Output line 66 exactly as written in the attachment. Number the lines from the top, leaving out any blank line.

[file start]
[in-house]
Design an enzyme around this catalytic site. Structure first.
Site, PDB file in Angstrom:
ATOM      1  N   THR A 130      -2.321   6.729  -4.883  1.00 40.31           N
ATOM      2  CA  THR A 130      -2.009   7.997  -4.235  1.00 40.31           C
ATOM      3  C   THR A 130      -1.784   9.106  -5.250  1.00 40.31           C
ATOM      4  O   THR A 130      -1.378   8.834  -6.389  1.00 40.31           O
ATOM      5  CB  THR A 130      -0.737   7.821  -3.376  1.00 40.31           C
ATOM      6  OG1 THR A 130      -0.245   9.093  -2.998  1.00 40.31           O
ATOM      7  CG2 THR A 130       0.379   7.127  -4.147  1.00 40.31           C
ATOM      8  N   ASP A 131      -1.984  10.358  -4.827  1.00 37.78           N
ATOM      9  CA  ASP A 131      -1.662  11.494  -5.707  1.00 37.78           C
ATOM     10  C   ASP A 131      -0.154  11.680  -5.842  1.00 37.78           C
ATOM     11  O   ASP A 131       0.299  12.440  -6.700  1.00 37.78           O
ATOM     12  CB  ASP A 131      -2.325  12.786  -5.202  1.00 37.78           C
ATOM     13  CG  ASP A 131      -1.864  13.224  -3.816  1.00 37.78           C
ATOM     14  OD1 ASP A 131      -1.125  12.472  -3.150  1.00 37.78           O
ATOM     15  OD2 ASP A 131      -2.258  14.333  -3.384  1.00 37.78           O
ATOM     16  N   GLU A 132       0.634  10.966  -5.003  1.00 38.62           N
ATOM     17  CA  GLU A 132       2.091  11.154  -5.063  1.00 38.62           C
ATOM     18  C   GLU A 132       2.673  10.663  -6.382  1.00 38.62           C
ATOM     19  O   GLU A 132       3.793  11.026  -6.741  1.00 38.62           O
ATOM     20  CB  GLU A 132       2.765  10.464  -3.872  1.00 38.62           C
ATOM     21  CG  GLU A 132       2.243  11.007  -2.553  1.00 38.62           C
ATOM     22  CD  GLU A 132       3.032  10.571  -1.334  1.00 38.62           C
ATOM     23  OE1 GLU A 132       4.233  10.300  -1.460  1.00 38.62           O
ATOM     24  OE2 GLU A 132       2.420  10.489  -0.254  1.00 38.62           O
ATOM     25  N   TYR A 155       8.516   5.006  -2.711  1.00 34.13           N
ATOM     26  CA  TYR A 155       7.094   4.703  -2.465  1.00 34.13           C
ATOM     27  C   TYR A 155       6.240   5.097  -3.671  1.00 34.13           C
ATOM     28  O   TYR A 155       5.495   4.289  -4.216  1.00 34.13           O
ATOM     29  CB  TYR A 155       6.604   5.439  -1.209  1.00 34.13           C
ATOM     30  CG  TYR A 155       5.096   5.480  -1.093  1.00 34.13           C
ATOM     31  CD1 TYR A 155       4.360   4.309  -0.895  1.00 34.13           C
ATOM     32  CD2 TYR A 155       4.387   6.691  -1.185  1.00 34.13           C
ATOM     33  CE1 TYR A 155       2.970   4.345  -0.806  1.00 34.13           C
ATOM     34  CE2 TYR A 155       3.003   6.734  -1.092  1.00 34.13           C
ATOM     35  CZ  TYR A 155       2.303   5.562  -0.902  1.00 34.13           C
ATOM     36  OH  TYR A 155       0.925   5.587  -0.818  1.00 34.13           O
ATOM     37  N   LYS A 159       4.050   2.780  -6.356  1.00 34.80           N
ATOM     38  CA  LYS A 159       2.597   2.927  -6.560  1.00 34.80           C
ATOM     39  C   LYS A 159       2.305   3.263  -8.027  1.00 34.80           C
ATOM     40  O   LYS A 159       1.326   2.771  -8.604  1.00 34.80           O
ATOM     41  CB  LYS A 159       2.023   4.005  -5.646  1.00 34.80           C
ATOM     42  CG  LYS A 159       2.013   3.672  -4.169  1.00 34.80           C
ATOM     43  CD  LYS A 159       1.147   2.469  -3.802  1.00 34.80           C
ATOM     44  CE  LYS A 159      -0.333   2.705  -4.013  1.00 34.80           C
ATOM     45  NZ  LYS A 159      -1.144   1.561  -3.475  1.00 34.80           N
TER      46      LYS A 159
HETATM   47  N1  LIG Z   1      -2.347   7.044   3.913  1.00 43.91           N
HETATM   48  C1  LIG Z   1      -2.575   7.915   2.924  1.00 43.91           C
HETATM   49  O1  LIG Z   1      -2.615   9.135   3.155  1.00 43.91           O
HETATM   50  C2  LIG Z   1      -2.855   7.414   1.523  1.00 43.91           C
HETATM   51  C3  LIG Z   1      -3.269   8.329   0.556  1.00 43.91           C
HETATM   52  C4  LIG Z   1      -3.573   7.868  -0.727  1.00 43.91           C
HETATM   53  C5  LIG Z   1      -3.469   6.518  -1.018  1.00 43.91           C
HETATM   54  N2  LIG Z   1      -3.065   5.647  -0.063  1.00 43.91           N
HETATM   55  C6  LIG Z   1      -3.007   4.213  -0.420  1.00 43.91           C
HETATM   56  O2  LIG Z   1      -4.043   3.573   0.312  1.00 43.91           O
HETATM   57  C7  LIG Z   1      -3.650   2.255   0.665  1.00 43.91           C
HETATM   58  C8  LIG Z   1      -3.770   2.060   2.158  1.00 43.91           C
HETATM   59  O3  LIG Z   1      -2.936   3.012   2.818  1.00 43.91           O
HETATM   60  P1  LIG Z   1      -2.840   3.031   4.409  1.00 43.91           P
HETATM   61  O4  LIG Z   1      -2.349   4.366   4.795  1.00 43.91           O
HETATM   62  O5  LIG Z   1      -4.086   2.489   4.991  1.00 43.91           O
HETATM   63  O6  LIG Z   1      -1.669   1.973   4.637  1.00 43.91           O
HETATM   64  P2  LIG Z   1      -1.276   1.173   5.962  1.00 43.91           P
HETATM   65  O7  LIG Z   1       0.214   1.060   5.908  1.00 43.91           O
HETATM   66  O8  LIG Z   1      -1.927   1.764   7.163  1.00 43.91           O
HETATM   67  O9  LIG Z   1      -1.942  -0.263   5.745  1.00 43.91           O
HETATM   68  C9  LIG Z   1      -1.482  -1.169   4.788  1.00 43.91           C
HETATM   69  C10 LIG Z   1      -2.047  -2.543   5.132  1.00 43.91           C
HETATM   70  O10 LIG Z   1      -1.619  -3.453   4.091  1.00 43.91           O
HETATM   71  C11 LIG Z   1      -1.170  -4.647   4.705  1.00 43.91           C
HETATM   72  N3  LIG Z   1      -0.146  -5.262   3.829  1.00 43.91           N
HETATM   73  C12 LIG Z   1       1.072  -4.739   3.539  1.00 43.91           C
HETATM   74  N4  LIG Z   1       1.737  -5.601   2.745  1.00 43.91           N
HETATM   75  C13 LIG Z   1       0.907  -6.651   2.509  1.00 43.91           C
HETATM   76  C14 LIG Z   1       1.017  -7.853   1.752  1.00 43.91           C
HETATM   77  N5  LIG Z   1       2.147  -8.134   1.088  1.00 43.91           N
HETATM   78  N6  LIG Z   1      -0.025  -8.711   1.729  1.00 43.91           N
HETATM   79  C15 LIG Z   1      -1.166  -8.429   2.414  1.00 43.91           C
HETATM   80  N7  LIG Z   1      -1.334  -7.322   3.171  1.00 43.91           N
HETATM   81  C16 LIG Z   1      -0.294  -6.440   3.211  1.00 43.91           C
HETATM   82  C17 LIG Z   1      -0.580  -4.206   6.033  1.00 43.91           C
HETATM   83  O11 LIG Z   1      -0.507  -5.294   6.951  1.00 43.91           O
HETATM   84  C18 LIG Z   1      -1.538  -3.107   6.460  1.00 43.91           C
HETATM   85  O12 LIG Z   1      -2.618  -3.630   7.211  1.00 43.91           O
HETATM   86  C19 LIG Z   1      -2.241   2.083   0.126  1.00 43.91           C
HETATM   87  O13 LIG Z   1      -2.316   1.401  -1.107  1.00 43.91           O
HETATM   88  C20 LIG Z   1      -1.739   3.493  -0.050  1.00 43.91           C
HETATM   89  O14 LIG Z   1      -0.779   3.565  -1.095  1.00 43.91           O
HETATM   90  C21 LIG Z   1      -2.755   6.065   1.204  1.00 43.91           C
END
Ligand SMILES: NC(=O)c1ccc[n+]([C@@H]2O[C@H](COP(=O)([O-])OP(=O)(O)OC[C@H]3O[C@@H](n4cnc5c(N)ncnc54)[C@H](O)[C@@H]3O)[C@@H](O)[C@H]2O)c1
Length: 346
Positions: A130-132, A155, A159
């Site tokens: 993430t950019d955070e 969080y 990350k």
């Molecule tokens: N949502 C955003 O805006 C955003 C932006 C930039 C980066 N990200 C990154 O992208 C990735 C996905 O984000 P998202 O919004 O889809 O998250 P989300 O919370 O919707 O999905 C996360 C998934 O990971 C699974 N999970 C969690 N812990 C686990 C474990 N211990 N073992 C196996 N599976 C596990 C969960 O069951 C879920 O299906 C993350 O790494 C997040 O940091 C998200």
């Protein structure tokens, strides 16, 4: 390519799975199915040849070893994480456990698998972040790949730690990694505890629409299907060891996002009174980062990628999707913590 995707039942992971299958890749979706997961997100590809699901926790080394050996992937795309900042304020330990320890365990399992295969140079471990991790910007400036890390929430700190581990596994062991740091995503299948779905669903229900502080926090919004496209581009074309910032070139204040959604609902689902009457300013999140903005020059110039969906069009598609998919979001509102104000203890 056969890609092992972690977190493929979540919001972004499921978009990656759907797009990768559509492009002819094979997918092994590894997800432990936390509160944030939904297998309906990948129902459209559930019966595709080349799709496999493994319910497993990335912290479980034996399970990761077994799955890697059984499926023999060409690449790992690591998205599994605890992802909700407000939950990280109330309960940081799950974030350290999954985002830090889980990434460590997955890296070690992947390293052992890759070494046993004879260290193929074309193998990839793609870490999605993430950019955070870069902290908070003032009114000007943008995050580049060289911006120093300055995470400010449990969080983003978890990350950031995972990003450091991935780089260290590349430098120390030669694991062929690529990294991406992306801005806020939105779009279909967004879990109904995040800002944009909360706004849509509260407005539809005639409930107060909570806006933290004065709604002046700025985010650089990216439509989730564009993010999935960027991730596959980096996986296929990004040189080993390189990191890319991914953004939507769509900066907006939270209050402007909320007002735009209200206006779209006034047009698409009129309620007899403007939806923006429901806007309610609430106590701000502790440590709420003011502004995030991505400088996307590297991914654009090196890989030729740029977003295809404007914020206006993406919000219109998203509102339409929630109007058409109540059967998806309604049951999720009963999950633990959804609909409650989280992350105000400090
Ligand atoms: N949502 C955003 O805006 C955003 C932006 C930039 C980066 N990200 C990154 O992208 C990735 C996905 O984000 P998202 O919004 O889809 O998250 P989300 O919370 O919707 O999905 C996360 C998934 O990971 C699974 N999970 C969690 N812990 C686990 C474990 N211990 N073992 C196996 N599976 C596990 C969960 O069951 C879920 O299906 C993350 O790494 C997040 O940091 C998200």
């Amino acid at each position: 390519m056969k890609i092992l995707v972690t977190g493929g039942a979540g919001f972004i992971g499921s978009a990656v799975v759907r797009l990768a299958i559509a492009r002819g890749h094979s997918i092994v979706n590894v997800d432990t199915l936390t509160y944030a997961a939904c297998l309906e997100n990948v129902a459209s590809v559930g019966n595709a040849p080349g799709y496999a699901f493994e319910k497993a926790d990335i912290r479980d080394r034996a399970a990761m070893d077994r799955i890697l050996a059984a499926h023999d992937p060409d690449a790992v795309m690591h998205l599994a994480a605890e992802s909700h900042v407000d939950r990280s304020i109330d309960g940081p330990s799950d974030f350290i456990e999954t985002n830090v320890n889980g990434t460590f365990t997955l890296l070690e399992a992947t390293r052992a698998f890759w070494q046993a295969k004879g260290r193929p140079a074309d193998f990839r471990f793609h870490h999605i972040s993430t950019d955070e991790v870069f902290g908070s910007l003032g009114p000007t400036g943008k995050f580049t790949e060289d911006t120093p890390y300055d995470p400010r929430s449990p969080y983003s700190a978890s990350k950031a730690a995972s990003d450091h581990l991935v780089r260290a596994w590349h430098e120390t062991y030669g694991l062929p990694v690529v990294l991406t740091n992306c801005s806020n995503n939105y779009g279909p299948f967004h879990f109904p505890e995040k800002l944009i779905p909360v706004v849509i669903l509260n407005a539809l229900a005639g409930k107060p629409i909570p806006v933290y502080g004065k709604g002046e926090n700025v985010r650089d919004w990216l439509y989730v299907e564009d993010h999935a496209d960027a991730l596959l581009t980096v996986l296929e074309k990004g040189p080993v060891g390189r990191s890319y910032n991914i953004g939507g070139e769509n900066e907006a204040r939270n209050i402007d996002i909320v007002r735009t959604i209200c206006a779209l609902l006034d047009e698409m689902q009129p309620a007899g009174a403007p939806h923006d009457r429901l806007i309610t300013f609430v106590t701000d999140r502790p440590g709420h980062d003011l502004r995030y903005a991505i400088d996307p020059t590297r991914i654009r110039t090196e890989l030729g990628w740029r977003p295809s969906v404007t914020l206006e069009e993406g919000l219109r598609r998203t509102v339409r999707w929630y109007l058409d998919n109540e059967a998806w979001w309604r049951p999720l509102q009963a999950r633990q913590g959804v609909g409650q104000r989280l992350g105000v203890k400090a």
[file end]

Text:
HETATM   63  O6  LIG Z   1      -1.669   1.973   4.637  1.00 43.91           O